13 Sentence Comprehension Measures an individuals ability to gain meaning from words and to comprehend ideas and information contained in sentences through the use of a modified cloze technique

14 Sentence Comprehension (a) The WRAT has, since its inception, measured knowledge of letters and words, so the comprehension of sentences seemed the next logical step for assessment in the reading domain (b) Sentence reading requires much shorter testing time than paragraph and passage comprehension, an important consideration (c) Sentence comprehension can be assessed with a wide range of discrete items of varying difficulty (d) Sentences can be easily adapted to the tailored testing format needed for the WRAT4

15 Sentence Completion Guidelines Avoidance of specialized content that would give undue advantage to individuals having such specialized knowledge of the topics selected Content drawn from a variety of subjects Appropriate for both female and male participants and all racial/ethnic groups Contain material that is timeless

16 Sentence Completion Guidelines Avoidance of topics that might evoke negative affect in examinees Written for the assigned target grade levels, with difficulty controlled, in part by the use of the EDL Series to estimate the difficulty of words contained in an item Part of speech required for correct responses are varied As few correct responses (both synonyms and non-synonyms) as possible

17 Sentence Completion Item Tryout 1,989 students in select schools in Florida, Illinois, and Pennsylvania Item Response Theory and Rasch model employed to determine item difficulty and goodness-of-fit W-Abilities calculated to facilitate assignment of items to specific age/grade levels so entire range of sentence comprehension ability was adequately covered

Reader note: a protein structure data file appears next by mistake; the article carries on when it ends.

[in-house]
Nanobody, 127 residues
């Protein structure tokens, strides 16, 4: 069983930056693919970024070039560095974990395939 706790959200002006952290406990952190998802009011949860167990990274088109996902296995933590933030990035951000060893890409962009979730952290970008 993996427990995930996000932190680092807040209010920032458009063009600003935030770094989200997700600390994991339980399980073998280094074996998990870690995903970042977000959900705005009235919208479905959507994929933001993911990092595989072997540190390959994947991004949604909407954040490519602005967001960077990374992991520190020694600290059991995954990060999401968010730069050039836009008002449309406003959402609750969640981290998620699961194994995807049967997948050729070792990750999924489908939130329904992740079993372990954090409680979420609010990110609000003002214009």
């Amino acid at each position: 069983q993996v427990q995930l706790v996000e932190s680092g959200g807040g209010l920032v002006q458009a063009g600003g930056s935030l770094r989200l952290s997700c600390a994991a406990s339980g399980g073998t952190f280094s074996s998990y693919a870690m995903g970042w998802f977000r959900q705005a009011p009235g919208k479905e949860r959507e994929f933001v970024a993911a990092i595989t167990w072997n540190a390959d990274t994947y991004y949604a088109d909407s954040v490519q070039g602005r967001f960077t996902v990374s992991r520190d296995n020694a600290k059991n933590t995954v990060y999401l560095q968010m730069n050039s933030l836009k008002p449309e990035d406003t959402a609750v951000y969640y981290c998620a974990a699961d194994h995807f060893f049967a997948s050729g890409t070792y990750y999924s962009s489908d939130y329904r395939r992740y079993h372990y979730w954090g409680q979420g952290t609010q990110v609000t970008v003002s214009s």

18 Math Computation Measures an individuals ability to perform basic mathematics computations through counting, identifying numbers, solving simple oral problems, and calculating written mathematics problems 24 new replacement items were prepared by Edward Manfre, a nationally recognized mathematics textbook author and curriculum consultant, after completion of a content analysis to determine the content areas in which additional items were needed

19 Spelling Measures an individuals ability to encode sounds into written form through the use of a dictated spelling format containing both letters and words After filtering dated words, added 8 words to each form New words were selected from the EDL Core Vocabularies in Reading, Mathematics, Science, and Social Science (Taylor et al., 1989)

20 Standardization Sample National standardization sample n=>3000 Stratification Variables: Age 5 through 94 Grades K - 12 Race/Ethnicity Parent/Self Education Level Gender Region: Northeast, South, North Central, West Sample included students with disabilities (5%)

21 Reliability Internal Consistency Grade.87 to.96 Median Reliabilities for Subtests and Composites by Form Age.87 to.96 Median Reliabilities for Subtests and Composites by Form

22 Reliability Test-Retest Reliability Word Reading.86 Sentence Comprehension.78 Spelling.89 Math Computation.88 Time interval between testing: Within one month

23 Validity Internal Evidence of Validity Content review Evidence based on developmental changes Intercorrelations between subtests Range from r=.60 (grade) to.63 (age) Item bias analysis Differential Item Functioning Expert review